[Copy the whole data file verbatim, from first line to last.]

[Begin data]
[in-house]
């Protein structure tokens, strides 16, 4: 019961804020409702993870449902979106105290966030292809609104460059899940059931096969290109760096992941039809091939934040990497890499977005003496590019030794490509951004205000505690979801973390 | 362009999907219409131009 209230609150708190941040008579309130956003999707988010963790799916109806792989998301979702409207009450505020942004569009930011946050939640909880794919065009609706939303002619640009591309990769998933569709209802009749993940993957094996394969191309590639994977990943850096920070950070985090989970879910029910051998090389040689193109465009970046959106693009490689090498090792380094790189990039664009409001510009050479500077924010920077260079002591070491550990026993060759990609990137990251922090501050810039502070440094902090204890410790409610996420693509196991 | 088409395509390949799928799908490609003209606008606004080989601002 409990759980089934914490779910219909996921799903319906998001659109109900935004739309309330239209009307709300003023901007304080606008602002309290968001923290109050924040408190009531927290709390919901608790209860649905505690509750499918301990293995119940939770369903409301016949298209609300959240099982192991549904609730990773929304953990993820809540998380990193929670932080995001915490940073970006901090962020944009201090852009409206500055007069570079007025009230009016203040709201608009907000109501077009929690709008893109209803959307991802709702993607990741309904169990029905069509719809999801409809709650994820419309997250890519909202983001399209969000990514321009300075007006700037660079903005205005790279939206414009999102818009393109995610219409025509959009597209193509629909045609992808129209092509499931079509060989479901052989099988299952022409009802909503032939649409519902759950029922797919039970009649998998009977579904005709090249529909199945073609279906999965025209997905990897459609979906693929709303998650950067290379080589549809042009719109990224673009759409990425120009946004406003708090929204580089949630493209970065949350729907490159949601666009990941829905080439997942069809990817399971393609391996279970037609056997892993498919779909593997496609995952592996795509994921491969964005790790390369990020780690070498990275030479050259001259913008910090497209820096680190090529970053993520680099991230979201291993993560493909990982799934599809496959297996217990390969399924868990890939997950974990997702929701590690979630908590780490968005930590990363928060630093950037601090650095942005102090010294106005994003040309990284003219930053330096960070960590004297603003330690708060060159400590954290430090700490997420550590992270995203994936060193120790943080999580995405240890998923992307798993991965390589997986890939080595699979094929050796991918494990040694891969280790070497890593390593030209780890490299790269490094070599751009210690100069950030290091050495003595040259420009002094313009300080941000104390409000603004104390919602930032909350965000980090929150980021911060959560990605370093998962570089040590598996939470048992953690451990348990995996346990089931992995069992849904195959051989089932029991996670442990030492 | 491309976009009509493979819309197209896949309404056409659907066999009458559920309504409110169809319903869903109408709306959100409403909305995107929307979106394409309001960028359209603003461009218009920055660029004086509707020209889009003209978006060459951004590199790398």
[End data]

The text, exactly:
[in-house]
């Protein structure tokens, strides 16, 4: 019961804020409702993870449902979106105290966030292809609104460059899940059931096969290109760096992941039809091939934040990497890499977005003496590019030794490509951004205000505690979801973390 | 362009999907219409131009 209230609150708190941040008579309130956003999707988010963790799916109806792989998301979702409207009450505020942004569009930011946050939640909880794919065009609706939303002619640009591309990769998933569709209802009749993940993957094996394969191309590639994977990943850096920070950070985090989970879910029910051998090389040689193109465009970046959106693009490689090498090792380094790189990039664009409001510009050479500077924010920077260079002591070491550990026993060759990609990137990251922090501050810039502070440094902090204890410790409610996420693509196991 | 088409395509390949799928799908490609003209606008606004080989601002 409990759980089934914490779910219909996921799903319906998001659109109900935004739309309330239209009307709300003023901007304080606008602002309290968001923290109050924040408190009531927290709390919901608790209860649905505690509750499918301990293995119940939770369903409301016949298209609300959240099982192991549904609730990773929304953990993820809540998380990193929670932080995001915490940073970006901090962020944009201090852009409206500055007069570079007025009230009016203040709201608009907000109501077009929690709008893109209803959307991802709702993607990741309904169990029905069509719809999801409809709650994820419309997250890519909202983001399209969000990514321009300075007006700037660079903005205005790279939206414009999102818009393109995610219409025509959009597209193509629909045609992808129209092509499931079509060989479901052989099988299952022409009802909503032939649409519902759950029922797919039970009649998998009977579904005709090249529909199945073609279906999965025209997905990897459609979906693929709303998650950067290379080589549809042009719109990224673009759409990425120009946004406003708090929204580089949630493209970065949350729907490159949601666009990941829905080439997942069809990817399971393609391996279970037609056997892993498919779909593997496609995952592996795509994921491969964005790790390369990020780690070498990275030479050259001259913008910090497209820096680190090529970053993520680099991230979201291993993560493909990982799934599809496959297996217990390969399924868990890939997950974990997702929701590690979630908590780490968005930590990363928060630093950037601090650095942005102090010294106005994003040309990284003219930053330096960070960590004297603003330690708060060159400590954290430090700490997420550590992270995203994936060193120790943080999580995405240890998923992307798993991965390589997986890939080595699979094929050796991918494990040694891969280790070497890593390593030209780890490299790269490094070599751009210690100069950030290091050495003595040259420009002094313009300080941000104390409000603004104390919602930032909350965000980090929150980021911060959560990605370093998962570089040590598996939470048992953690451990348990995996346990089931992995069992849904195959051989089932029991996670442990030492 | 491309976009009509493979819309197209896949309404056409659907066999009458559920309504409110169809319903869903109408709306959100409403909305995107929307979106394409309001960028359209603003461009218009920055660029004086509707020209889009003209978006060459951004590199790398």